Gundam park to open in Odaiba (Japan Times) - Gundam is no longer in Shizuoka, but you can check him out now in Odaiba.

Let’s Get a Foursquare Limited Tokyo Badge! (Asiajin) - If you're on Foursquare and are or will be in Tokyo in the near future, you may want to get this special, limited-time badge.

On Finding a Rubbish Bin in Japan (This Japanese Life) - I had never thought it could possibly be related to the sarin gas attacks...

Why Japan doesn't celebrate the Lunar New Year to the extent of its Asian neighbors (JETwit) - Did you know that many of the current holidays should have been changed/moved when Japan switched from the lunar calendar? Neither did I.

Hello Kitty's Citizenship Controversy: Is She British or Japanese? (TIME) - I am most amused that they actually called Sanrio about the whole thing. 

Automatic dishwashers: the square peg in the round hole of Japanese kitchens (Yen for Living) - Ever wonder why finding a "real" automatic dishwasher is so difficult in Japan? (I'm not counting those countertop things as the same, as I'm skeptical they work as well - feel free to correct me if I'm wrong).


Would you order curry with everything on it from CoCo Ichiban? (Rocket News 24) - This looks and sounds truly disgusting. Would you try it? 

Okonomiyaki – Japanese Savory Pancake, Osaka Style (Lovely Lanvin) - Who doesn't like okonomiyaki?

Fukushima Nuclear Crisis/Tohoku Earthquake and Tsunami-related

What to do if You're in a Car Accident in Japan - Part 3

Editor's note: This is part 3 and the final post in the "What to do if You're in a Car Accident" series, written by David Thompson. If you haven't yet, be sure to read part 1 and part 2. This series is a must-read for anyone driving in Japan. -Ashley

I wish I could tell you that the beginner driver’s course was a great experience. However, as you all can probably imagine, it wasn’t. The morning consisted of a written driver’s aptitude test, group discussion, and driving practice on the school’s course. It was during the group discussion time that I was able to ask a lot of questions which I will share with you all shortly.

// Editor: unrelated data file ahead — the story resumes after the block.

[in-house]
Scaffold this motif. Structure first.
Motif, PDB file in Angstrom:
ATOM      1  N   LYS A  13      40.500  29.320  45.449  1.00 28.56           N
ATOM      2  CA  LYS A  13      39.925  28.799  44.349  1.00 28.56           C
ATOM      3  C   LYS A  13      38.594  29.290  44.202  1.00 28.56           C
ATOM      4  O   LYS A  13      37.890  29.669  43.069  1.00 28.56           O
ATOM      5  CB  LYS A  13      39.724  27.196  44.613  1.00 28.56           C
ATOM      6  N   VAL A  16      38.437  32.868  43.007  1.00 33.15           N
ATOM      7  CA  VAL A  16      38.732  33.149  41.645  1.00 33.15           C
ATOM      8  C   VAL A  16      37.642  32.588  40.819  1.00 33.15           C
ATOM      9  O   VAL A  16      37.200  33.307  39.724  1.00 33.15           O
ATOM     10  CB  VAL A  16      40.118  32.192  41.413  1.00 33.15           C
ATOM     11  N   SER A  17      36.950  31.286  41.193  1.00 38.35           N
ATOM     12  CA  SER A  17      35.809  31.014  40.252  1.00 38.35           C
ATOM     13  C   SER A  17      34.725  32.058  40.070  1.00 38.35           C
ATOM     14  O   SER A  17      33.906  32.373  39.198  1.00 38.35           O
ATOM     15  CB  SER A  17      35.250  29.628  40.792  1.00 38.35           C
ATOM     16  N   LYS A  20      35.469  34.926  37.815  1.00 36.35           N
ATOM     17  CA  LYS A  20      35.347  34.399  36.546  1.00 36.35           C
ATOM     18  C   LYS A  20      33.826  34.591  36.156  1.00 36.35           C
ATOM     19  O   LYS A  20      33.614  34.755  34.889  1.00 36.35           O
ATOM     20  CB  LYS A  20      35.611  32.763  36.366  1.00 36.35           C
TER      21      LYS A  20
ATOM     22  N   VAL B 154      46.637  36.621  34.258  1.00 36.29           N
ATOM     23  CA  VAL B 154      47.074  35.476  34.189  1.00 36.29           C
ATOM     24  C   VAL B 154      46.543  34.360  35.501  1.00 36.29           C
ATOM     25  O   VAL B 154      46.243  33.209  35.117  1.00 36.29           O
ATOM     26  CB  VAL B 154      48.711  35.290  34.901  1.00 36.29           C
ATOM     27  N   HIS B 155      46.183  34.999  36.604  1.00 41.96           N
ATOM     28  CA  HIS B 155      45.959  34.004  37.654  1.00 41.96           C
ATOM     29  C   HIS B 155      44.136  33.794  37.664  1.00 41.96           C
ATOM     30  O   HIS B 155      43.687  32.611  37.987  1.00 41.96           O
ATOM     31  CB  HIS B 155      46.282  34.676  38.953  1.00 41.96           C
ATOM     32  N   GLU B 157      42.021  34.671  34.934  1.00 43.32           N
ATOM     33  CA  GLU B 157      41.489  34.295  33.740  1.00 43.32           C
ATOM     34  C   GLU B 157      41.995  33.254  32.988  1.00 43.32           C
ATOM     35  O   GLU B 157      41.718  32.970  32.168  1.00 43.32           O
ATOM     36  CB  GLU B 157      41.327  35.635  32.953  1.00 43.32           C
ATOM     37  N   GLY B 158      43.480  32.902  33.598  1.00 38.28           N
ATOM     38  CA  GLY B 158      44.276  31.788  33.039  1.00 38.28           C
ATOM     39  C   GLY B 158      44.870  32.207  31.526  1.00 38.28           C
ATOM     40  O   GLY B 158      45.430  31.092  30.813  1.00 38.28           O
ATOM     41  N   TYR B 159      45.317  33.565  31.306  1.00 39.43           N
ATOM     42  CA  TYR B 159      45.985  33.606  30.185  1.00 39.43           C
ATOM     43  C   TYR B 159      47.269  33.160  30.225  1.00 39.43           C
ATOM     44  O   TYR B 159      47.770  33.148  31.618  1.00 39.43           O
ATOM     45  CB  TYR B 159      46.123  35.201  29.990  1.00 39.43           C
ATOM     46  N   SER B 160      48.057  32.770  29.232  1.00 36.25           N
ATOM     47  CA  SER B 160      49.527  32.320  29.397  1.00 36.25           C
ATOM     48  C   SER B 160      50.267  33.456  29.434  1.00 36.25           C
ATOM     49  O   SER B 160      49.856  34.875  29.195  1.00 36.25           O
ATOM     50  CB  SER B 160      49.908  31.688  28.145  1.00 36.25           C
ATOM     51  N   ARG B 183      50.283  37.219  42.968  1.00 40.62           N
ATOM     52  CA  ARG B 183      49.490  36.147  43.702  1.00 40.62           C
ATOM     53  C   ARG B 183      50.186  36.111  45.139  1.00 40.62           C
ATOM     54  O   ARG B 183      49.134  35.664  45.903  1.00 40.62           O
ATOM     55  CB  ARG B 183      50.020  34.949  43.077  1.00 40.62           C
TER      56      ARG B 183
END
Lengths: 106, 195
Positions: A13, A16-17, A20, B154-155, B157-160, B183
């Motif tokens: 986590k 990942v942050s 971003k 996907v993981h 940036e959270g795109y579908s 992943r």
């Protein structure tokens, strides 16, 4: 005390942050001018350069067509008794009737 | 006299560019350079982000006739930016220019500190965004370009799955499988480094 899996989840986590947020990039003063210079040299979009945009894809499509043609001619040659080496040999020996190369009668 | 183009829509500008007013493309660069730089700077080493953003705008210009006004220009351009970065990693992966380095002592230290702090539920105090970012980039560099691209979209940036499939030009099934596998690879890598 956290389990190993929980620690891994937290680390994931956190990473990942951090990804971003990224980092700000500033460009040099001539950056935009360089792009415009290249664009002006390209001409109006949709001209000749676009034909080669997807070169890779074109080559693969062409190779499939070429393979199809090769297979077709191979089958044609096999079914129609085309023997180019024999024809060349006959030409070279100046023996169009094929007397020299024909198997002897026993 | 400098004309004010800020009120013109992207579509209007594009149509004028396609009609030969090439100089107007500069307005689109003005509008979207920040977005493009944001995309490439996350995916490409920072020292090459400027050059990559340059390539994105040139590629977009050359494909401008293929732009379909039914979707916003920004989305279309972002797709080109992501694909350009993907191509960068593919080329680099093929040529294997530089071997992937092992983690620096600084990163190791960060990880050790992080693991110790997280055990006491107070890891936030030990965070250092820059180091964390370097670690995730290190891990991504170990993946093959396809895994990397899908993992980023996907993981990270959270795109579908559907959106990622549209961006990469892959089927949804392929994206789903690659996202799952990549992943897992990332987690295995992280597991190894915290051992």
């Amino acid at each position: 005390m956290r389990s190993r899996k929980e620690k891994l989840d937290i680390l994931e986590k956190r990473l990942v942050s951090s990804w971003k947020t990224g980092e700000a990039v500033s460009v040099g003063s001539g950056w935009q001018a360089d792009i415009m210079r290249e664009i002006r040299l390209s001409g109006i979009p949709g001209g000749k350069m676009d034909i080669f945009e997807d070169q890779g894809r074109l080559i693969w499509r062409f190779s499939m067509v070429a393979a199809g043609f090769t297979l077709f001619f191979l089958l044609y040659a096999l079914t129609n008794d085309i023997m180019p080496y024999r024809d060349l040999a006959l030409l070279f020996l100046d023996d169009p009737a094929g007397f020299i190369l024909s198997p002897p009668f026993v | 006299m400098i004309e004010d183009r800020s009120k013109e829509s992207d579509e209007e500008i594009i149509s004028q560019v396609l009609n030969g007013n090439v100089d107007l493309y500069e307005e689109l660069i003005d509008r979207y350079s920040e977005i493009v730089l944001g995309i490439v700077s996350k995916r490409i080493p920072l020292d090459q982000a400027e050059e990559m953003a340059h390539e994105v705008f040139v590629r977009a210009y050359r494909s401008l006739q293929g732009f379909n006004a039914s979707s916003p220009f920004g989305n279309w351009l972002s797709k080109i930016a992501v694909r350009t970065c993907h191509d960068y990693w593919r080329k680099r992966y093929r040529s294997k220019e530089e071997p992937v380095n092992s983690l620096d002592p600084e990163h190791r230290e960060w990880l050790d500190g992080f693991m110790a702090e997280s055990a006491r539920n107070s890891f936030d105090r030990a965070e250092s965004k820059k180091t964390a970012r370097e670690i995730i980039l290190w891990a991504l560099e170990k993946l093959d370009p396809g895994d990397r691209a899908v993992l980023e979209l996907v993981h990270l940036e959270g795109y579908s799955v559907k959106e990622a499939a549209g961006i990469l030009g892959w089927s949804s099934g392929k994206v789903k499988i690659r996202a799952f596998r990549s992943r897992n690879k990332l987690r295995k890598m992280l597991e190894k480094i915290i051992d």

After a lunch break, we went out into onto the actual streets for driving practice, used a really expensive driving simulator to simulate braking in bad conditions, and then spent the rest of the time talking. While this might not sound that bad, the eight-hour course only had about five hours of actual content and we spent the other three hours talking, which is not something I wanted to be doing when I had an upset baby and exhausted wife waiting for me at home. It’s important to note that since the detailed contents of the course are determined by each driving school, this can differ depending on where you go.

The driving simulator:

Well, enough of that, let’s get to the interesting stuff I learned during the morning discussion.

Words to know:
交通違反こうつういはんkoutsuu ihantraffic violation
点数制度てんすうせいどtensuu seidopoint system
基礎点数きそてんすうkisotensuubase points
付加点数ふかてんすうfukatensuuadditional points
免許停止めんきょていしmenkyo teishisuspended license (免停 for short)
免許取消しめんきょとりけしmenkyo torikeshilicense revocation

For Beginner Drivers 
Japan has a strict traffic violation system, especially for beginner drivers. For the majority of you that got to skip this beginner year when you got your license, congratulations! The rest of you (including myself), beware!

Take a look at this diagram:

As a beginner driver, if you don’t get into any accidents or have any traffic violations that add up to three points (will talk about the point system in "For All Drivers" below) in your first year of driving, you move on with no problems (blue line in diagram). However, even the slightest accident or violation, which you might have gotten away with only a ticket or a slap on the wrist if you weren’t a beginner, will somehow end up being three points or more and will force you to take the beginner driver’s course I had to take (first yellow box on the left).

If you take the course (second yellow box from the left) and don’t cause any more problems in the remainder of your first year, you are good to go (yellow line).

On the other hand, if you somehow fail to take the course or get any sort of traffic violation before your beginner year ends (first red box from the left and red box after "Take Beginner's Course" in yellow), then you have to take the full 100 question written test (that almost all of us didn’t have to take if you had your driver’s license from your home country translated). If you pass, congratulations, but don’t cause any more problems in your first year. If you fail the test, which is most likely since the passing rate for beginner drivers in this case is only 5%, your license gets revoked.

For All Drivers 
Japan’s traffic violations (交通違反) have a point based system (点数制度). Whatever infraction points you get for any accident or violation will add up over a three-year period and as you reach certain point totals there are penalties. Not to mention that certain violations also come with fines and/or jail time.